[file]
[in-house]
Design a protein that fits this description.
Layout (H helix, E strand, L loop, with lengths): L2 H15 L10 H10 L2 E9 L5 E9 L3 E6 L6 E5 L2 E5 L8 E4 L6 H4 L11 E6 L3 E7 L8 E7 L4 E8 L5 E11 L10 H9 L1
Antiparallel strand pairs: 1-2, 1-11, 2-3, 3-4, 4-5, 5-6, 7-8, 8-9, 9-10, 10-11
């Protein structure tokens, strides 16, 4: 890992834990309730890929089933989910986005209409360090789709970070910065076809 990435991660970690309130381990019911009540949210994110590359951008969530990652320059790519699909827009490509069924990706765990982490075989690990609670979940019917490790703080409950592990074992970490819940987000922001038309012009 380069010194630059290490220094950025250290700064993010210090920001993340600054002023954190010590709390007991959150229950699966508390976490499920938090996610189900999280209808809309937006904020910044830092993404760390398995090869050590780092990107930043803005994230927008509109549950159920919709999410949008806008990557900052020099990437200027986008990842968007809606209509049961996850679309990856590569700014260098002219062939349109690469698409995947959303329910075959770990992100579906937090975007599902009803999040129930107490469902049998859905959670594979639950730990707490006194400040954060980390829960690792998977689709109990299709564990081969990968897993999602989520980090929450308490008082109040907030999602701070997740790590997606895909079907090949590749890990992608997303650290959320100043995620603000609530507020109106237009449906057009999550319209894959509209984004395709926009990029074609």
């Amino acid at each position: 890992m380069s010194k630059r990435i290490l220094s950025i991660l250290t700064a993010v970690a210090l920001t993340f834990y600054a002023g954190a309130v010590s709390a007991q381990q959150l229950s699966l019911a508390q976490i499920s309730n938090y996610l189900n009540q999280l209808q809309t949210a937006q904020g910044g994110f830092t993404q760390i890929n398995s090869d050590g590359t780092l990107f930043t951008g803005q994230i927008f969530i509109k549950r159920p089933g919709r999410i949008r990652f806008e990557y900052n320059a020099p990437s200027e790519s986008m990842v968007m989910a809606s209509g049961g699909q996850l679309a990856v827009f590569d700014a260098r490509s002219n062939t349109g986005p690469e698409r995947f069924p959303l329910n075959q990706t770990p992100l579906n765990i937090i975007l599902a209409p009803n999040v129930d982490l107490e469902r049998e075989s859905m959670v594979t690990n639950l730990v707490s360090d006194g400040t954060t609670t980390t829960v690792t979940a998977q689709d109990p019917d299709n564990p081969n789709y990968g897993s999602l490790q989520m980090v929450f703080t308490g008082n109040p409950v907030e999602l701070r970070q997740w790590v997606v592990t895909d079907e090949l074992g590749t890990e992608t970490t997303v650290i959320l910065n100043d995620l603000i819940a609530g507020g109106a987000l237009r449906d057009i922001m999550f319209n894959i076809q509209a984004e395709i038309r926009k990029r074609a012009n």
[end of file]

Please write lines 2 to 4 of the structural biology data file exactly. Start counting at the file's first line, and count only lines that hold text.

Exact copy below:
Design a protein that fits this description.
Layout (H helix, E strand, L loop, with lengths): L2 H15 L10 H10 L2 E9 L5 E9 L3 E6 L6 E5 L2 E5 L8 E4 L6 H4 L11 E6 L3 E7 L8 E7 L4 E8 L5 E11 L10 H9 L1
Antiparallel strand pairs: 1-2, 1-11, 2-3, 3-4, 4-5, 5-6, 7-8, 8-9, 9-10, 10-11